The true story of my imposter syndrome – more honest than ever before
It was December 2013 and I was aged 28. I had been working as a PR Manager for an international and highly-regarded organisation for almost three years and had a lovely content marketing team of three. I knew what I was doing and though there were the usual corporate challenges I was generally a happy worker bee. But then an opportunity came up in the organisation to interview for my manager’s role and become the head of the marketing department (a team of about 14 in total looking after everything from the TV ad campaigns to the call centre).
I had been brought up to apply myself and be grateful for good opportunities, so it didn’t even occur to me not to apply. I interviewed, got the job, and then it was Christmas so I had an unhelpful amount of time to think… and stew… and listen to the increasingly loud voice inside my head telling me I wasn’t good enough to do it. I went to Next and bought a suit, because I thought that would make me feel the part. It didn’t. I spent the week between Christmas and New Year trying to work out what computational error must have been made for me to be given the role. Despite getting very positive feedback about my interview I settled on the conclusion that they must have been desperate. Even though I had been told that they were confident in my abilities based on what I’d demonstrated on the job, and that they were happy to train me up on anything else, I decided I had to be perfect from day one or they’d realise they’d made a mistake.
Inevitably that meant I entered the office the first day back in January (wearing my new ill-fitted suit) filled from head to toe with anxiety. I called the first team meeting and sat there assuming everyone was thinking to themselves “Why on earth have they made her manager? I can’t wait to see her mess this up.” I projected doubt on their faces and cynicism in their voices (I know now that neither was true). I worked every hour there was to prove to myself and others that I was worthy of my title. I lost who I was as Gemma outside of work and became obsessed with over delivering on what was expected of me, to create a little good will for when they eventually worked out I was a total fraud. My imposter syndrome was absolutely wild – every day I told myself I wasn’t good enough and too many nights I cried from the pressure I’d put on myself.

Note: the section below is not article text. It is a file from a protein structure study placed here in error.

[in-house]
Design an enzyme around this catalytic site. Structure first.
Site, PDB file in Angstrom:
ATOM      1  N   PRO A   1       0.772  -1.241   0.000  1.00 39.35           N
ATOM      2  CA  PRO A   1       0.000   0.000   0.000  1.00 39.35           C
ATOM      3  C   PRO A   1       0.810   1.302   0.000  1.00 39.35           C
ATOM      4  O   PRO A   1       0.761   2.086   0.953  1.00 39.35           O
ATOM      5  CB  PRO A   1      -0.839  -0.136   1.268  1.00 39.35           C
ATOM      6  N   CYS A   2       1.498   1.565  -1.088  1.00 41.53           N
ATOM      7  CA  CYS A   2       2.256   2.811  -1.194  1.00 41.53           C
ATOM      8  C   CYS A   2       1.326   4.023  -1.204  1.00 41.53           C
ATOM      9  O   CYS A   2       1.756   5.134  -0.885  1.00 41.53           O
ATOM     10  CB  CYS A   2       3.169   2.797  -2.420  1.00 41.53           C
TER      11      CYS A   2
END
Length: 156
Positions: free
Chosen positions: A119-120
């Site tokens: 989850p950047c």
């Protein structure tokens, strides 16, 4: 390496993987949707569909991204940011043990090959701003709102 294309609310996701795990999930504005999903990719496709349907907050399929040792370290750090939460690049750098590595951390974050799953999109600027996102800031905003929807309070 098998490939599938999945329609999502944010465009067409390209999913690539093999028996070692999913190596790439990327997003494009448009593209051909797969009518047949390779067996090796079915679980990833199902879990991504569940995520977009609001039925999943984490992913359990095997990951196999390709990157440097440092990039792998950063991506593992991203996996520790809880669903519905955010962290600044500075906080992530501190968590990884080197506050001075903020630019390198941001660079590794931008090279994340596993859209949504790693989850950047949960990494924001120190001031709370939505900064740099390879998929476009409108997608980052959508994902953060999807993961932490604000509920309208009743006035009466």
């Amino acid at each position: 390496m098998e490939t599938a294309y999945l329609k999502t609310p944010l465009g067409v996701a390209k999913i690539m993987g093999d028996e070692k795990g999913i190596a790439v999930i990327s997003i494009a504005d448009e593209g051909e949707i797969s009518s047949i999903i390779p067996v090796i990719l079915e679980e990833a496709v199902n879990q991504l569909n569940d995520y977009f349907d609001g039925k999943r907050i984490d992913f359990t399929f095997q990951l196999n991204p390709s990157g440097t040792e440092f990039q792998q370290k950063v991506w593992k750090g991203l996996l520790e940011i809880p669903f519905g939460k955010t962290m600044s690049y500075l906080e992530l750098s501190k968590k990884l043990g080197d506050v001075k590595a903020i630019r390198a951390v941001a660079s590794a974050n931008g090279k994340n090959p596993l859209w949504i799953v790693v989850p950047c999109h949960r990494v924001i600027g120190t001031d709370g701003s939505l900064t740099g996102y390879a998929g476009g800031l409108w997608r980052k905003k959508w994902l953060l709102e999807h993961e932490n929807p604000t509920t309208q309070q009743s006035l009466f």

Despite great appraisals, positive feedback from regional offices around the world and stacks of evidence that I was doing a good job, I just couldn’t get past the voice in my head that said I was going to get caught out. 11 months later I left the role and the organisation, as the internal battle with myself had worn me out. My imposter syndrome had won. It was nothing to do with the company, it was all me.
Over the six years since, the thoughts inside my head have made quite the transformation. Thanks to cognitive hypnotherapy I now understand the positive intention behind my unconscious thoughts. I now know that just because I have a thought that I’m not good enough that doesn’t make it true. I understand that I was strengthening the power of my inner critic by letting the same negative thought-signals run back and forth in my mind. I learned some amazing NLP (neuro-linguistic programming) techniques to transform those thoughts and feelings and I learned about the power of embodiment and how being hunched over my desk in an ill-fitting suit was doing me no good whatsoever!
Not only do I now feel confident in my Head of Marketing role, but I also enjoy the person I am outside of work far more too. I feel free of the fear that I’m going to be caught out and know I have earned the position I now find myself in. I believe in myself and know that uncertainty and mistakes are learning opportunities and not directly connected to my self worth. And, best of all, I get to be a Cognitive Hypnotherapist and Mindset Coach that helps my peers to make similar transformations.
That’s why I created the special online masterclass that I’m running on 28th January on Transforming Imposter Syndrome, because I don’t want you to have to waste all the years I did listening to an inner critic that isn’t serving you well. I want you to have unstoppable self-worth, and the pathway to that is to transform your imposter syndrome once and for all. If you can relate to my story, is it time to take action now so you can feel free too?